“That’s kind of what’s happened to us at least with the drivers of these big hitters; We’ve completely outgrown the stadiums. So do you rebuild every stadium in the world? That’s expensive. Or make the ball go shorter? It seems relatively simple from that perspective.’’

    Ogilvy, an Australian who won the 2006 U.S. Open, said he believes there will be a rollback, but admitted it would be a "challenge" for manufacturers to produce a ball that flies shorter for pros but does not lose distance when struck by recreational players.

    The golf world celebrates Thanksgiving

    By Golf Channel DigitalNovember 23, 2017, 6:01 pm

    Here's a look, through social media, at how the golf world celebrates Thanksgiving.

    Lexi Thompson:

    Baking time!!

    A post shared by Lexi Thompson (@lexi) on

    David Feherty:

    Jack Nicklaus:

    GC Tiger Tracker:

    Steve Stricker:

    Golf Channel:

    Frank Nobilo:

    Ian Poulter:

    Tyrone Van Aswegen:

    Happy Thanksgiving: Biggest turkeys of 2017

    By Grill Room TeamNovember 23, 2017, 3:00 pm

    Thanksgiving brings us golf's biggest turkeys of the year. Donald Trump, Grayson Murray and a certain (now-former) tournament director headline the list. Click here or on the image below to check out all the turkeys.

    Tributes pour in for legendary caddie Sheridan

    By Randall MellNovember 23, 2017, 2:54 pm

    Tributes are pouring in as golf celebrates the life of Greg Sheridan after receiving news of his passing.

    Sheridan, a long-time LPGA caddie who worked for some of the game’s all-time greats, including Kathy Whitworth and Beth Daniel, died Wednesday in Indian Rocks Beach, Fla., at 63. He was diagnosed in July 2016 with brain and lung cancer.

    Sheridan worked the last dozen years or so with Natalie Gulbis, who expressed her grief in an Instagram post on Wednesday:

    “Greg…I miss you so much already and it hasn’t even been a day. 15+ seasons traveling the world you carried me & my bag through the highs and lows of golf and life. You were so much more than my teammate on the course…Thank you.”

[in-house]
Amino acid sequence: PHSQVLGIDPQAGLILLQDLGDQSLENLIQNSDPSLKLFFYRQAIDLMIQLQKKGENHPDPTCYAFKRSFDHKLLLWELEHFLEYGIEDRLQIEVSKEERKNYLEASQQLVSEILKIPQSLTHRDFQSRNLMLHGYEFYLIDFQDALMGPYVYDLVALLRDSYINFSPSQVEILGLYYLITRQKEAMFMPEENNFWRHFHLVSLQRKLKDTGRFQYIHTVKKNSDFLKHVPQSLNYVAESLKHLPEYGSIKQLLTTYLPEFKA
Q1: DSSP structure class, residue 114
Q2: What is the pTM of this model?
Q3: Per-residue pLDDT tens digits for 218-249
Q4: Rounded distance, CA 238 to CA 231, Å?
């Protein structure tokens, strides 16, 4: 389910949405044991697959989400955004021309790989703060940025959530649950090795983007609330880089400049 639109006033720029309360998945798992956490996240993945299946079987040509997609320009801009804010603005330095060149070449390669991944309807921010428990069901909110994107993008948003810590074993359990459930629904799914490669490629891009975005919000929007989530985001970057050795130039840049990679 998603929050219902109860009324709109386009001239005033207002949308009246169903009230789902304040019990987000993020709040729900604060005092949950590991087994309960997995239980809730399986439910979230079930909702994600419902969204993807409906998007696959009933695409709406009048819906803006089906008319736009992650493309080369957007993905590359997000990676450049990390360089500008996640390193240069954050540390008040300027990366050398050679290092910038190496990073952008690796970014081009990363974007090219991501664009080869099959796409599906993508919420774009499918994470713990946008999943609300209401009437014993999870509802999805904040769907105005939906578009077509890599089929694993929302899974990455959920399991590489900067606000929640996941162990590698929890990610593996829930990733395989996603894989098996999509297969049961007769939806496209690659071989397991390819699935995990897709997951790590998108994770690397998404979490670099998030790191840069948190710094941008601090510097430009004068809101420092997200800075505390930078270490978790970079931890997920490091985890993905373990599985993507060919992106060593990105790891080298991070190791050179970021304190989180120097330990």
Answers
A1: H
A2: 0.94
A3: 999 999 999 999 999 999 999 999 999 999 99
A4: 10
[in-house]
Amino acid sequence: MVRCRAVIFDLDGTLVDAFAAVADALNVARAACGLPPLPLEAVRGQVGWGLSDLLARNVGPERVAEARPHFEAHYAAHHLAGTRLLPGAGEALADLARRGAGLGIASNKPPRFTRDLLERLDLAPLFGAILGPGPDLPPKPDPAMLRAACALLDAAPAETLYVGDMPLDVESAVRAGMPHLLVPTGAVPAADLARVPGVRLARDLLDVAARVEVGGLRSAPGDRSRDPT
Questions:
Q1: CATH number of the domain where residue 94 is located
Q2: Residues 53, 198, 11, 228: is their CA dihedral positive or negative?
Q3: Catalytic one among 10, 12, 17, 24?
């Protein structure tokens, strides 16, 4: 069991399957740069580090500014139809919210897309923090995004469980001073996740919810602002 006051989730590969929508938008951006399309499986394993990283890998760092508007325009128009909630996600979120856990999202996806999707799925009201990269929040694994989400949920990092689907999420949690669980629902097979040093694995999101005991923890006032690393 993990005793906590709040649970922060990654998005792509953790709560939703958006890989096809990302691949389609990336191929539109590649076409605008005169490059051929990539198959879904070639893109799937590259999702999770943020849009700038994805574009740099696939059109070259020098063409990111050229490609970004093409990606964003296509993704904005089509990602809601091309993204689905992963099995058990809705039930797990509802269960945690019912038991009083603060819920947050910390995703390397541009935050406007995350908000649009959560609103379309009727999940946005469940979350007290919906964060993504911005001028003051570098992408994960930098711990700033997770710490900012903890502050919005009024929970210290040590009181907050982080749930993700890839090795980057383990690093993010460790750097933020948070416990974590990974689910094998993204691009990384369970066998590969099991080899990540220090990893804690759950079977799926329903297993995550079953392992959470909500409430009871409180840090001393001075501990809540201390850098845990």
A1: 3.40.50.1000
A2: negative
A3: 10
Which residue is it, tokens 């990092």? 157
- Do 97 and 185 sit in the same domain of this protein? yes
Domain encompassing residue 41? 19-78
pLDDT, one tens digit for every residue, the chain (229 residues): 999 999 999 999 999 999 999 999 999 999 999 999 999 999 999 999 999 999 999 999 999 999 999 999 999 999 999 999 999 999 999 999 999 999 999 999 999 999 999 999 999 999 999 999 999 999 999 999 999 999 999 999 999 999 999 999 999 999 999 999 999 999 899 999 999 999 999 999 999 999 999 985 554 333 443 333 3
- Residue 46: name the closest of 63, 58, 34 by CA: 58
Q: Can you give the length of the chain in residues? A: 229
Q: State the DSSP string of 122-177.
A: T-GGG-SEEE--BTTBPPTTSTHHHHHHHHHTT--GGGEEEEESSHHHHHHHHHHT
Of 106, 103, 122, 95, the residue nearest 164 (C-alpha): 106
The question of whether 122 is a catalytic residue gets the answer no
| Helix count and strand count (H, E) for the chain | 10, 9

Sheridan was on Whitworth’s bag for the last of her LPGA-record 88 titles.

    “When I first came on tour, I would try to find out how many times Greg won,” Gulbis told Golfweek. “It’s a crazy number, like 50.”

    Matthew Galloway, a caddie and friend to Sheridan, summed up Sheridan’s impressive reach after caddying with him one year at the LPGA Founders Cup, where the game’s pioneers are honored.

    “Best Greg story,” Galloway tweeted on Thanksgiving morning, “coming up 18 at PHX all the founders were in their chairs. Greg goes, `Yep, caddied for her, her and her.’ Legend.”

    In a first-person column for Golf Magazine last year, Gulbis focused on Sheridan while writing about the special bond between players and caddies. She wrote that she won the “looper lottery” when she first hired Sheridan in ’04.

    “Greg and I have traveled the world, and today he is like family,” Gulbis wrote. “Sometimes, he’s a psychologist. Last year, my mom got sick and it was a distraction, but he was great. When I used to have boyfriend issues and breakup issues, he was my confidant. In a world where caddies sometimes spill secrets, Greg has kept a respectful silence, and I can’t thank him enough for that. He’s an extension of me.”

    Four months after Gulbis wrote the column, Sheridan was diagnosed with cancer.

    “The LPGA family is saddened to hear of the loss of long-time tour caddie, Greg Sheridan,” the LPGA tweeted. “Our thoughts and prayers are with his family and players he walked with down the fairways. #RIP.”

    Dean Herden was among the legion of caddies saddened by the news.

    “Greg was a great guy who I respected a lot and taught me some great things over the years,” Herden texted to GolfChannel.com.

    Here are some of heartfelt messages that are rolling across Twitter:

    Retired LPGA great Annika Sorenstam:

    LPGA commissioner Mike Whan in a retweet of Gulbis:

    Golf Channel reporter and former tour player Jerry Foltz:

    Christina Kim:

    LPGA caddie Shaun Clews:

    LPGA caddie Jonny Scott:

    LPGA caddie Kevin Casas:

    LPGA pro Jennie Lee: